Advanced emergency airway management in adults
- Aaron E Bair, MD, MSc, FAAEM, FACEP
Aaron E Bair, MD, MSc, FAAEM, FACEP
- Professor of Emergency Medicine
- University of California, Davis
- Section Editor
- Ron M Walls, MD, FRCPC, FAAEM
Ron M Walls, MD, FRCPC, FAAEM
- Editor-in-Chief — Adult and Pediatric Emergency Medicine
- Section Editor — Adult Resuscitation
- Neskey Family Professor of Emergency Medicine
- Harvard Medical School
- Brigham and Women's Hospital
- Deputy Editor
- Jonathan Grayzel, MD, FAAEM
Jonathan Grayzel, MD, FAAEM
- Senior Deputy Editor — UpToDate
- Deputy Editor — Emergency Medicine (Adult and Pediatric)
- Deputy Editor — Primary Care Sports Medicine (Adolescents and Adults)
- Assistant Professor of Emergency Medicine
- University of Massachusetts Medical School
This topic review will discuss an algorithmic approach to advanced emergency airway management in adults. Other issues related to airway management, including basic airway management, difficult airway assessment, and rapid sequence intubation, are discussed in detail elsewhere. (See "Basic airway management in adults" and "Approach to the difficult airway in adults outside the operating room" and "Rapid sequence intubation for adults outside the operating room".)
Airway management is an essential skill for clinicians caring for critically ill or injured patients and is fundamental to the practice of emergency medicine. In emergency medicine practice, rapid sequence intubation (RSI) is the most frequently used and successful means of intubating the trachea [1-7]. It is employed in approximately 70 to 85 percent of all patients requiring intubation in academic emergency departments, and about 82 percent of those without cardiac arrest. Cardiac arrest patients, who are intubated without medications, comprise the bulk of the remaining patients.
Although RSI is generally the preferred approach in the emergency department (ED), it may be poorly suited for some patients with difficult airway attributes. Thus, a careful assessment for airway difficulty must precede the decision to use RSI [1,3].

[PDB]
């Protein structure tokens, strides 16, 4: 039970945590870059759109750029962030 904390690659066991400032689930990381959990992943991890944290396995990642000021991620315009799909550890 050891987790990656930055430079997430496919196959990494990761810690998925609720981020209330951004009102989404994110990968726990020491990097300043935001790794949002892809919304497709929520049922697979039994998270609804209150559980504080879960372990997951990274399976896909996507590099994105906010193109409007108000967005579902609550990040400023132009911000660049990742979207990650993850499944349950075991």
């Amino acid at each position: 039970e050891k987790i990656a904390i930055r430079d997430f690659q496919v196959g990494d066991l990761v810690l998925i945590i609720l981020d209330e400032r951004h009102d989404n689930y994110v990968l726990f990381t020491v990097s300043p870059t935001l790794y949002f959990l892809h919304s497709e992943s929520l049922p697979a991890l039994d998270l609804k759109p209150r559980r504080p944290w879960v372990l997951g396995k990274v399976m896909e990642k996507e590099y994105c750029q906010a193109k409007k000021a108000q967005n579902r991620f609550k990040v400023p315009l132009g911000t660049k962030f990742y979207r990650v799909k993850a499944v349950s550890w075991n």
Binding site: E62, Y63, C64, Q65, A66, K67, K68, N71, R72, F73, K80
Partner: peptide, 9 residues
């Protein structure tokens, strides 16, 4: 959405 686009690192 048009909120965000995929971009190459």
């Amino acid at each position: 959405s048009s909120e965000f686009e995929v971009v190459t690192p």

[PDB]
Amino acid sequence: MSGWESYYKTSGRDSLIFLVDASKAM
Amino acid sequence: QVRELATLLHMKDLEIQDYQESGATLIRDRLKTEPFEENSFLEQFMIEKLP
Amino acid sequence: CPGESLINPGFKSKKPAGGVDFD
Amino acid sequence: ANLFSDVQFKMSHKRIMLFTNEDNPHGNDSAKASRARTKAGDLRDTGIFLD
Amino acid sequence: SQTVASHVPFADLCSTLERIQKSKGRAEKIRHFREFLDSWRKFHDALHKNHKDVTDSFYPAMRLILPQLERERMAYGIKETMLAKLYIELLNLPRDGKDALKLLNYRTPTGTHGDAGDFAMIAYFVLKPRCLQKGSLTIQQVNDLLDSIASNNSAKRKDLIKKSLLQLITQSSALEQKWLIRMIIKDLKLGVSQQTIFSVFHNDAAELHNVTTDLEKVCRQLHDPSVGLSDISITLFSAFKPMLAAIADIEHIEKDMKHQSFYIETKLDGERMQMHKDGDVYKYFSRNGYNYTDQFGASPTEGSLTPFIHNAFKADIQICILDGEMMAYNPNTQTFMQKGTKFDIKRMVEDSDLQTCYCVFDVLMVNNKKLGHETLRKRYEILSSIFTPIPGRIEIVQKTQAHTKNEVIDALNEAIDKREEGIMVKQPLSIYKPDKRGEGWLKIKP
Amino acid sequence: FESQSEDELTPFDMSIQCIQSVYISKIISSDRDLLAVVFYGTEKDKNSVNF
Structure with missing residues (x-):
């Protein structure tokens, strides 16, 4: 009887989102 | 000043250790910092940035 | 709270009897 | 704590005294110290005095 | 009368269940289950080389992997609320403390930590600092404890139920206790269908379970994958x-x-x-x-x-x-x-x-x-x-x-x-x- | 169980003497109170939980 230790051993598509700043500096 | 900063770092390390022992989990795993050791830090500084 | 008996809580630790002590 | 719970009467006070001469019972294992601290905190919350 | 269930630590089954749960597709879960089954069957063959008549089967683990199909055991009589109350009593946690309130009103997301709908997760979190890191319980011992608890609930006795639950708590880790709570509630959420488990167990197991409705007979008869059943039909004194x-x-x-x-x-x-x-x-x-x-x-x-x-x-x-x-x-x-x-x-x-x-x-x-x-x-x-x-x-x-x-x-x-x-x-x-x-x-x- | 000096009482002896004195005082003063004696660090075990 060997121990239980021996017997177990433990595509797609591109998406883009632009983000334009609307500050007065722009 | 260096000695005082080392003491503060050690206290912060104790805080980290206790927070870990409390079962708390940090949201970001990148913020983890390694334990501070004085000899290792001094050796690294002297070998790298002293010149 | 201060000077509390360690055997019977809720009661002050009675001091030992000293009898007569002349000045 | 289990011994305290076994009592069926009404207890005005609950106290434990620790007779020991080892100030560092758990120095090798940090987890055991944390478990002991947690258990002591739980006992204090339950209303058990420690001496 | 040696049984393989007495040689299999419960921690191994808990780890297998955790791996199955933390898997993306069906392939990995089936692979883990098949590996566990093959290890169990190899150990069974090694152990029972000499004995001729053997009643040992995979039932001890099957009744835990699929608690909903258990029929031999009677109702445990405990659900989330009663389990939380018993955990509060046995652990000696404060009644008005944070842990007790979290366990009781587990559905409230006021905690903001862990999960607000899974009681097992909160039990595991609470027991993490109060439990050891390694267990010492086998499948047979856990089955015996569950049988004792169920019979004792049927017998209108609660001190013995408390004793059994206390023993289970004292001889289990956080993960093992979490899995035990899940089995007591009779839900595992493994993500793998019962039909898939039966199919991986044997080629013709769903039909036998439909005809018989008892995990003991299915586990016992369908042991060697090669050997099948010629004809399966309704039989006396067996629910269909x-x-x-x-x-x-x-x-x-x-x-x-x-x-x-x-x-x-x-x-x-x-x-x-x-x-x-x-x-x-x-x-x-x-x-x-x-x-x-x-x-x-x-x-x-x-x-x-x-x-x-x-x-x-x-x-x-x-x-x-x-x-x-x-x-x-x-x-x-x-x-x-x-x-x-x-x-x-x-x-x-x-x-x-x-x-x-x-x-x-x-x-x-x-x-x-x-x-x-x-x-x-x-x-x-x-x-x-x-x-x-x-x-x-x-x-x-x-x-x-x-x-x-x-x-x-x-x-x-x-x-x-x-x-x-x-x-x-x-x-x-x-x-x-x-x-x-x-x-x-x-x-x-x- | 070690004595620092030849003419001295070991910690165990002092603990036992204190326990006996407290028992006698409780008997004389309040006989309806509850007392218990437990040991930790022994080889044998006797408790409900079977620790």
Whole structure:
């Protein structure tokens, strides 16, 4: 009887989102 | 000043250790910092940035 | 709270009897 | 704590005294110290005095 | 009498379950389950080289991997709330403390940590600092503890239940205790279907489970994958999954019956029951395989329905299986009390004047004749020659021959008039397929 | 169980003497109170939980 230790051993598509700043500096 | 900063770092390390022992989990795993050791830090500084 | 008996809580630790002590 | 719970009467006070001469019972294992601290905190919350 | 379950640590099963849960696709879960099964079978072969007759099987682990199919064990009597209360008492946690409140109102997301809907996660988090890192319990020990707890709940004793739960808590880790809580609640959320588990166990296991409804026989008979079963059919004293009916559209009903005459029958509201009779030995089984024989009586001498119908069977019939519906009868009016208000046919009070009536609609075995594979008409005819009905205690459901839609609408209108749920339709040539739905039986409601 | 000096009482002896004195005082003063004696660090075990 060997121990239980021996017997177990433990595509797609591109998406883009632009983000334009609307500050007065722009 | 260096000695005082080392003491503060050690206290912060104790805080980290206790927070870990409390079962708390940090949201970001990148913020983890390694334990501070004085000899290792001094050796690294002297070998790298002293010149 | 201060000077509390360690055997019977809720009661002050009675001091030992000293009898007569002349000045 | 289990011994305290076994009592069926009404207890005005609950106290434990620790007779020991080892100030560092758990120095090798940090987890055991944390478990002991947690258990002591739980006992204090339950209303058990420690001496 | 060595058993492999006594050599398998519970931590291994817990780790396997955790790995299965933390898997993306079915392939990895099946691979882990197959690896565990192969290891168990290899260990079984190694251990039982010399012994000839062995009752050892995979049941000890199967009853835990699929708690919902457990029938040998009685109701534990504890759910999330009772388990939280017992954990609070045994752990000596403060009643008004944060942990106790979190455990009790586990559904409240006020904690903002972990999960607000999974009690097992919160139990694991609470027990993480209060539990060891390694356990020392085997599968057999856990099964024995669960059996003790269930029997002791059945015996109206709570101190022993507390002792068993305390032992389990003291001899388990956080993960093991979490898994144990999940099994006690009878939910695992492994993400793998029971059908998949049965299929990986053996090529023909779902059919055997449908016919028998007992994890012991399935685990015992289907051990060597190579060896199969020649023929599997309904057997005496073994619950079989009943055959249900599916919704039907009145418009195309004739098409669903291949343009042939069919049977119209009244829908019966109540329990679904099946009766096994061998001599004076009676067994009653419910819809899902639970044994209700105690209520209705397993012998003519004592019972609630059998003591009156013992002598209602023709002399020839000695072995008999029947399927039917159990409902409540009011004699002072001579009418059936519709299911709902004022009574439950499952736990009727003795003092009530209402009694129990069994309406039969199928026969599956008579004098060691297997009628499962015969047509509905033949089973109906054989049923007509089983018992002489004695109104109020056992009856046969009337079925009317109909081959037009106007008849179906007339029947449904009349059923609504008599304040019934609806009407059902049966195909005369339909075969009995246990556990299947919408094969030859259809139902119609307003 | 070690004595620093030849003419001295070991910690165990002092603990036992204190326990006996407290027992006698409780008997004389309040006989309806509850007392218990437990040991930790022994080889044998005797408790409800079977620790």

RSI AND THE DIFFICULT AIRWAY
Clinicians should employ an approach to emergency airway management that accounts for the possibility of difficult intubation, difficult bag-mask ventilation (BMV), difficult extraglottic device ventilation (EGV), and difficult cricothyroidotomy. Methods for evaluating airway difficulty and management of difficult and failed airways are discussed in detail elsewhere. (See "Approach to the difficult airway in adults outside the operating room" and "Approach to the failed airway in adults outside the operating room" and "Emergency cricothyrotomy (cricothyroidotomy)".)
In general, RSI is used in patients for whom successful intubation and successful bag-mask ventilation are anticipated, despite any difficult airway attributes that may be identified. A significant number of ED patients in need of endotracheal intubation (ETI) have anatomic characteristics that can increase the procedure's difficulty. Nevertheless, the great majority of such patients can be managed using RSI.To continue reading this article, you must log in with your personal, hospital, or group practice subscription. For more information on subscription options, click below on the option that best describes you:
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